Logo Tropentag

Tropentag 2023, September 20 - 22, Berlin, Germany

"Competing pathways for equitable food systems transformation: trade-offs and synergies."

Resilience to climate shocks among rural households in Nigeria

Oyebisi Olatunji Olajide, Adeola Olajide, Bolarin Omonona

University of Ibadan, Dept. of Agricultural Economics, Nigeria


Determining resilience to climate shocks could help to improve the livelihood of rural households, improve their farm production, and increase their ability to bounce back from the effects of climate change in a bid to contribute to economic growth and sustainable development. Therefore this study examines the climate change effects and the level of resilience of rural households to climate shocks in Nigeria. The study utilised Nigeria General Household Survey Panel Data (GHS-P) from the Living Standard Measurement Survey-Integrated Survey of Agriculture (LSMS-ISA) of 2010/2011 and 2018/2019 with a sample size of 2800 rural households. Descriptive statistics, ordered probit model, and Multiple Indicators Multiple Causes (MIMC) were used for data analysis. The socioeconomic characteristics showed that there were more male-headed households than female counterparts with an average household size of 6. The mean age is 49 years which implies that the majority of household heads are still within the productive stage of their lives where 41% have no formal education. The descriptive statistics revealed climate shocks affecting rural households in the study areas are 1.21% destruction of harvest by fire, 5.32% dwelling damaged/demolished, 25.21% poor rain that caused harvest failure, 21.64% flooding that caused harvest failure, 10.57% pest invasion that caused harvest failure or storage loss, 6.50% loss of property due to fire or flood, 2.18% loss of land and 27.36% death of livestock due to illness. The resilience index examined using MIMIC model showed that 52.96% were least resilient, 34.68% less resilient and 12.36% most resilient to climate shocks in the study areas. The results of the ordered probit show that education, dependency ratio, age, marital status, and social capital are significant variables that affect the level of resilience of rural households. Climate shocks demonstrate the urgent need for effective adaptation strategies to mitigate and manage the risks associated with climate change-induced shocks. Formal education should be more enhanced among rural households to strengthen their resilience capacity to overcome the negative impacts of climate change. It is also crucial to address climate challenges through policies and actions that prioritise resilience and sustainable development.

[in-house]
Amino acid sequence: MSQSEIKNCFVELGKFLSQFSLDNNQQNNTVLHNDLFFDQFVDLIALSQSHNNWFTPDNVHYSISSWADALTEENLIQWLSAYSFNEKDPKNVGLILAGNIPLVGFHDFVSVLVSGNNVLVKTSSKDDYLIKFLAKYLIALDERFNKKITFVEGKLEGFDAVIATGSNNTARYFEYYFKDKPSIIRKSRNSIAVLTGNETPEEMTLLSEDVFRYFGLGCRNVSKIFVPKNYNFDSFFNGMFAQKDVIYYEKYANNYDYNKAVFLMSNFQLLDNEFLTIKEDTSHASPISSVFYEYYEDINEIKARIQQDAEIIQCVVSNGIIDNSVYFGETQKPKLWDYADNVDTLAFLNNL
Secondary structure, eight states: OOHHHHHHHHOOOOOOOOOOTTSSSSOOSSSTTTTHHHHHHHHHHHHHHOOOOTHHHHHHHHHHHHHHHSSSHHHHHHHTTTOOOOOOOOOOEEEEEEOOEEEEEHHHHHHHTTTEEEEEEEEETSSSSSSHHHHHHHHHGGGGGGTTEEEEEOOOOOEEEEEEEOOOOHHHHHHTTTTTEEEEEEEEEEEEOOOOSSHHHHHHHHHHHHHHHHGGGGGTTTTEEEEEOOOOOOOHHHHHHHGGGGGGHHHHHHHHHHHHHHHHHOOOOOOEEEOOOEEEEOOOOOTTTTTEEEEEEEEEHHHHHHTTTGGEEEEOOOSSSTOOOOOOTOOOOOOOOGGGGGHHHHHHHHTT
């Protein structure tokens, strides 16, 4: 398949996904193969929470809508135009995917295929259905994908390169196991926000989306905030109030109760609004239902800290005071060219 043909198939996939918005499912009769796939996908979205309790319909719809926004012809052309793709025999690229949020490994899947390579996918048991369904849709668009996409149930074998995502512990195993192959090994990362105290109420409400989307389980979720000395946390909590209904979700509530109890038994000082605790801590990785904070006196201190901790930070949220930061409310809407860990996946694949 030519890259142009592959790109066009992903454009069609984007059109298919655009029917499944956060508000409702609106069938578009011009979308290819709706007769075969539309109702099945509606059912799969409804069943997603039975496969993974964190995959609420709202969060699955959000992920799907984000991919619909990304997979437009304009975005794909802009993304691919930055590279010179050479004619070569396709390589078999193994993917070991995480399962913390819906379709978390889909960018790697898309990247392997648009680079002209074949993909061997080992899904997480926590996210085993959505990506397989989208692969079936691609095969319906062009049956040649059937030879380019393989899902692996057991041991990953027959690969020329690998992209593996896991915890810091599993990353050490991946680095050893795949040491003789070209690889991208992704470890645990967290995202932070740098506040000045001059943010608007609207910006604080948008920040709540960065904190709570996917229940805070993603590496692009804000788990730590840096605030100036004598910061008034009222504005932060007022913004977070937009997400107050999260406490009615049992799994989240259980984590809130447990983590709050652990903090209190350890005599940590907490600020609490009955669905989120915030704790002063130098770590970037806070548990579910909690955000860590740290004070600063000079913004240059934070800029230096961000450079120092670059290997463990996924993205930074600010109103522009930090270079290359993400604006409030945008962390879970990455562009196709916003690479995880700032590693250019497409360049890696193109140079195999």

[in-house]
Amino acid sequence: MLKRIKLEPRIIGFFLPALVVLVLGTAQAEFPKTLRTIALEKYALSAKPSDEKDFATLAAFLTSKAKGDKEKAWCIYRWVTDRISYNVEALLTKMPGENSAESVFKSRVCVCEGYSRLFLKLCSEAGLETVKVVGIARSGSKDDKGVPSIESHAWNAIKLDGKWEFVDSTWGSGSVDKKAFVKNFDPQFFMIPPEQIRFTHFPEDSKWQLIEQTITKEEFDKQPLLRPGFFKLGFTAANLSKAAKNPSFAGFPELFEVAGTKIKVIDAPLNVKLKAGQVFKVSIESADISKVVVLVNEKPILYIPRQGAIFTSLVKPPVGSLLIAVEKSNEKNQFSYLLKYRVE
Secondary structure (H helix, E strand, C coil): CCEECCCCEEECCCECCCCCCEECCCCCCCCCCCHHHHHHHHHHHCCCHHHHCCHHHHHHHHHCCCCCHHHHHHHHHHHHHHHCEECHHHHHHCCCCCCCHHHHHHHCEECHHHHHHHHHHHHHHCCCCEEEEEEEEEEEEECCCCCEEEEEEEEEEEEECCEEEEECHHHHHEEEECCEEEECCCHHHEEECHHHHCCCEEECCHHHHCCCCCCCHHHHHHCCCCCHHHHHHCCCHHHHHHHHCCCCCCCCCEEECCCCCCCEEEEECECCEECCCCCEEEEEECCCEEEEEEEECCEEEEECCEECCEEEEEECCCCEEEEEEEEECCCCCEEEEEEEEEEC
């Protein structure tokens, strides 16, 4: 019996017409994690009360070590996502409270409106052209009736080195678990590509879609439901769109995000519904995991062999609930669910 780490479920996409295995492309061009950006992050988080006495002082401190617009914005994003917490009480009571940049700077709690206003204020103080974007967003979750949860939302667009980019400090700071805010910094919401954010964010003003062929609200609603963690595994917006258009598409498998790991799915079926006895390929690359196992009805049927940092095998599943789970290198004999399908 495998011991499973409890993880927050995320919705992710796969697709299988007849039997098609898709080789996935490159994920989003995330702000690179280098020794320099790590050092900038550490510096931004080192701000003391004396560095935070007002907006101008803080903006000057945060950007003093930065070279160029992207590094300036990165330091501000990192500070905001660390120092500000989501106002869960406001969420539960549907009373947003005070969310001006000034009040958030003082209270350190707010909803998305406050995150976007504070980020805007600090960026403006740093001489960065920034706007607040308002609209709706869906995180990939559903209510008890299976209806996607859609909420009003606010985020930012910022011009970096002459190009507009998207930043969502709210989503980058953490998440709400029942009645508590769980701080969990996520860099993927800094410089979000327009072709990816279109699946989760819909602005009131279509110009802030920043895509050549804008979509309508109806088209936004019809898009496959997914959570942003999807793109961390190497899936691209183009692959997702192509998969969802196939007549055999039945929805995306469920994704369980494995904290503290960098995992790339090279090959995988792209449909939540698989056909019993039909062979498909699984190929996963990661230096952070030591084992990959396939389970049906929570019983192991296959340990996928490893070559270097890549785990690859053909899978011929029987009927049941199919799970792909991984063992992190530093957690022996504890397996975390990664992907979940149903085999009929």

Keywords: Climate shocks, livelihoods, Nigeria, resilience, rural households

Contact Address: Oyebisi Olatunji Olajide, University of Ibadan, Dept. of Agricultural Economics, Ibadan, Nigeria, e-mail: bislaj05@gmail.com

Valid HTML 3.2!